James Whitcomb Riley House
Oct 11, 2008
|This morning we listened to the “child” soldiers chant as they marched around the campground in their military fatigues. We question the intelligence of parents who allow their children’s minds to be warped so early. Some of these boys haven’t even reached puberty yet.
On to more pleasant topics. We visited the James Whitcomb Riley house. The name was familiar, I’m sure we covered some of his poems in Literature Class. After reading a couple of them, T decided she didn’t remember them because she didn’t really care for them at all.
Riley, who was born on October 7, 1849, is known as the Hoosier Poet. He wrote his poems in the Hoosier dialect. Although Riley wrote a considerable amount of prose, it was his verse that brought him distinction, and of this, his poems in dialect were his original contributions to American literature. According to the museum brochure, he wrote with his eyes on the character; The Raggedy Man, Little ‘Orphan Annie , and Old Aunt Mary were real people whose own talk and philosophy were set down by a trained observer. When Riley died in 1916, the whole world mourned this writer.
Greenfield Indiana observes his birthday of October 7th with a huge Riley Festival whose theme is chosen annually from among his poems. We missed the festival by one weekend but at least we didn’t have to wait in line to tour the home.
We were more impressed with Augustus Riley’s (James’ father) handiwork than we were with the poet himself. Augustus was a lawyer. Apparently he had quite a bit of time on his hands because he built the house his family lived in. All of the woodwork, including the floors, is black walnut. He built many of the furnishings in the house out of black walnut, oak and pecan. Of particular interest is the spiral stair case he created (without power tools).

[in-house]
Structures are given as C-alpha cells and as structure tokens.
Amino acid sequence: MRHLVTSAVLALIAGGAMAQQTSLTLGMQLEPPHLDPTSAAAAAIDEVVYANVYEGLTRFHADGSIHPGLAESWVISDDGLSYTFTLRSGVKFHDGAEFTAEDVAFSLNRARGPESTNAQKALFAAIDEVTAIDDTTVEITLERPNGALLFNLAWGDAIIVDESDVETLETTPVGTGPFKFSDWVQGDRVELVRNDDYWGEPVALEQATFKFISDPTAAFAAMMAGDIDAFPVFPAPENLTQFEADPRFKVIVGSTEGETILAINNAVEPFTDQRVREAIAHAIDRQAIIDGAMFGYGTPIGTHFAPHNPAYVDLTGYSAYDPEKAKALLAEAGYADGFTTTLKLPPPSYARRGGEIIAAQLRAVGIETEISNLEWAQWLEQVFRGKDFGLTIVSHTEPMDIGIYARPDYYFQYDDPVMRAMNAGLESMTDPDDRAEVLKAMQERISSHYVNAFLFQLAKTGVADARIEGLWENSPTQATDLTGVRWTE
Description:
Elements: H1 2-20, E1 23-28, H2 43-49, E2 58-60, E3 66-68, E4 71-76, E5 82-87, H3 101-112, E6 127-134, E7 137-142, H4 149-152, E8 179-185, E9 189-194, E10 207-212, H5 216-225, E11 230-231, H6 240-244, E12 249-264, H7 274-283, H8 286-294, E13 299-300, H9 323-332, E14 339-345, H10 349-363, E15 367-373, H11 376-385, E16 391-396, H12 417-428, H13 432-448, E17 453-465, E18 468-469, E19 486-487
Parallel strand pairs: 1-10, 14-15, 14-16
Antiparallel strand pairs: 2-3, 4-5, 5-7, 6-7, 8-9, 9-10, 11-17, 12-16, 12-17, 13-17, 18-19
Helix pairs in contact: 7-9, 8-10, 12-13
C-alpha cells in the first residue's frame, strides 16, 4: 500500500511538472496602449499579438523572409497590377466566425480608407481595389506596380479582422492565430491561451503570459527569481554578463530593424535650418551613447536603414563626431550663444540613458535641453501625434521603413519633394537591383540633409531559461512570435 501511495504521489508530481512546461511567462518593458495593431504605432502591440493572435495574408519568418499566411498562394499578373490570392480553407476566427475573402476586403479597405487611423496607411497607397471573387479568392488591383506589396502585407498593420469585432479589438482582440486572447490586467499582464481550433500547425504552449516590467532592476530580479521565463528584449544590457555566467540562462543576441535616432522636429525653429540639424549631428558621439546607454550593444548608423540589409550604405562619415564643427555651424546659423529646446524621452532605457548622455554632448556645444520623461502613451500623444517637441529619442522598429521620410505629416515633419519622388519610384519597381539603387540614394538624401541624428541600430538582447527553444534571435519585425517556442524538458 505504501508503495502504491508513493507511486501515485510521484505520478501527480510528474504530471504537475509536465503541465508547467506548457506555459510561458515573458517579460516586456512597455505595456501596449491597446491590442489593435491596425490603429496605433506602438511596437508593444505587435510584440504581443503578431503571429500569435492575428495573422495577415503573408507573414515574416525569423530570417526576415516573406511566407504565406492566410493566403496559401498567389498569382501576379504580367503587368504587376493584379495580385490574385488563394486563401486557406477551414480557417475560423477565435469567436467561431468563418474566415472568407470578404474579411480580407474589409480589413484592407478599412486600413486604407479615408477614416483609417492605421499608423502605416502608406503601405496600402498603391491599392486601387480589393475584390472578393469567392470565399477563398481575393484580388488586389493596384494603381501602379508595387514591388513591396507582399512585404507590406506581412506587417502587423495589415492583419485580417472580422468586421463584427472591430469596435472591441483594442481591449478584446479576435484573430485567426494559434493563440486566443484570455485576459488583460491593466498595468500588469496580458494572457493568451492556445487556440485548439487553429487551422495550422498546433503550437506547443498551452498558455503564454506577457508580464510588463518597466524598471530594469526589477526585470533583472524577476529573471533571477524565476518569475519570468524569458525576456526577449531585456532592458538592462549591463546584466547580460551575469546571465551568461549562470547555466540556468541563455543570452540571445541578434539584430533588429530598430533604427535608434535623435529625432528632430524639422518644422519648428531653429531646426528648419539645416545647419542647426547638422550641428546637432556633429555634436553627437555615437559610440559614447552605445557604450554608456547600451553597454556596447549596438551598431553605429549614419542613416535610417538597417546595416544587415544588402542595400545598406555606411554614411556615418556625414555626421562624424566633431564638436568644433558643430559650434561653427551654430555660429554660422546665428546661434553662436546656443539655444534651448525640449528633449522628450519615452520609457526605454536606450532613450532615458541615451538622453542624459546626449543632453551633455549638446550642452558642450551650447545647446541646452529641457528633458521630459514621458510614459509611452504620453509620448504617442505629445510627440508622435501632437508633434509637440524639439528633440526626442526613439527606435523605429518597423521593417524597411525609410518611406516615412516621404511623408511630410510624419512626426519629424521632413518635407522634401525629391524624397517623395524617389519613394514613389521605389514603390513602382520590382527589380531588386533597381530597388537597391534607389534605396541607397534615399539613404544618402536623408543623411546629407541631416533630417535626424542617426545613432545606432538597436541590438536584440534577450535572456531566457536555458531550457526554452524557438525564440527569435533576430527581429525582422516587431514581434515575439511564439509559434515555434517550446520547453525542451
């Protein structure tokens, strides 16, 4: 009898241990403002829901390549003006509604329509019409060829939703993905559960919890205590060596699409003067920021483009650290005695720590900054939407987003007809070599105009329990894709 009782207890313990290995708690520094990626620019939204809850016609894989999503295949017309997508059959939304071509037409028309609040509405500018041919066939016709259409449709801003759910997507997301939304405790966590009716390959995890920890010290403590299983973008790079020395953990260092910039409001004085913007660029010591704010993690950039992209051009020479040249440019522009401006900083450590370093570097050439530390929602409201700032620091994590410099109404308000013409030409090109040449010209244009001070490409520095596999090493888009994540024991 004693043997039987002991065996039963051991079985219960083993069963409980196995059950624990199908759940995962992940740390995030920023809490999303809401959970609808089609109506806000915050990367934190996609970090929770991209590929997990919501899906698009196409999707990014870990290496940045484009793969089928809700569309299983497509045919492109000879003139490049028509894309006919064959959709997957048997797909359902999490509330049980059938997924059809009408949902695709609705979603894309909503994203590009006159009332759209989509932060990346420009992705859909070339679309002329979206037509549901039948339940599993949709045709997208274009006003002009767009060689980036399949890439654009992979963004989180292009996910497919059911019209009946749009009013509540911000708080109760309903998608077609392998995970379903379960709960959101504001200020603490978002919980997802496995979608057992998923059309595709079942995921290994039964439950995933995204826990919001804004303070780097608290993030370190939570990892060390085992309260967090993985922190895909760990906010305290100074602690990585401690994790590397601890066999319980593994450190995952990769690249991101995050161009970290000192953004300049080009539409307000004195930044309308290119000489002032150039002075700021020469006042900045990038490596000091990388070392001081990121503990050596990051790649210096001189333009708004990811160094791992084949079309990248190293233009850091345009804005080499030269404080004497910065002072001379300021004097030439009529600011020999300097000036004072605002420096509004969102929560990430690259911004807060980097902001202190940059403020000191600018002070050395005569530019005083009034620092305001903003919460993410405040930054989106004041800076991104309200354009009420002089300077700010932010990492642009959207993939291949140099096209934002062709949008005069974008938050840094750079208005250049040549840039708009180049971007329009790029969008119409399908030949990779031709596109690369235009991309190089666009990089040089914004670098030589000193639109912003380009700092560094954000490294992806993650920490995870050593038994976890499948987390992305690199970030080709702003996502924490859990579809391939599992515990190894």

We decided to “tool around town” a bit and stumbled on the Farmers’ market. We were ecstatic to find homegrown vegetables at a decent price and picked up a little bit of everything. We also picked up some grass fed beef from a local family owned ranch and pork chops and ham from another local farmer.
We did note that Greenville has some really gorgeous old buildings. We didn’t look too closely so we can’t pinpoint the dates or architectural styles. They were just visually pleasing and on the ornate side.
Despite the humidity, which is driving T nuts after 3 months in the desert, we are enjoying being back in green farmland. There are monetary advantages to living in states east of the Mississippi where fresh produce is generally less expensive than in the mountains or deserts.
After supper this evening, we were startled by what sounded like fire trucks and other emergency vehicles. It turned out that the Heartland Resort has a unique way of celebrating Halloween. 12 golf carts with flashing lights and all sorts of horns and whistles made the rounds of the campground tossing candy to all the children. They even threw some our way! (It was tough knocking those little kids out of the way, but we wanted our share too! SMILE). It was an activity that brought a chuckle, entirely entertaining.
Tomorrow we’ll be heading to Dayton, OH and aviation-land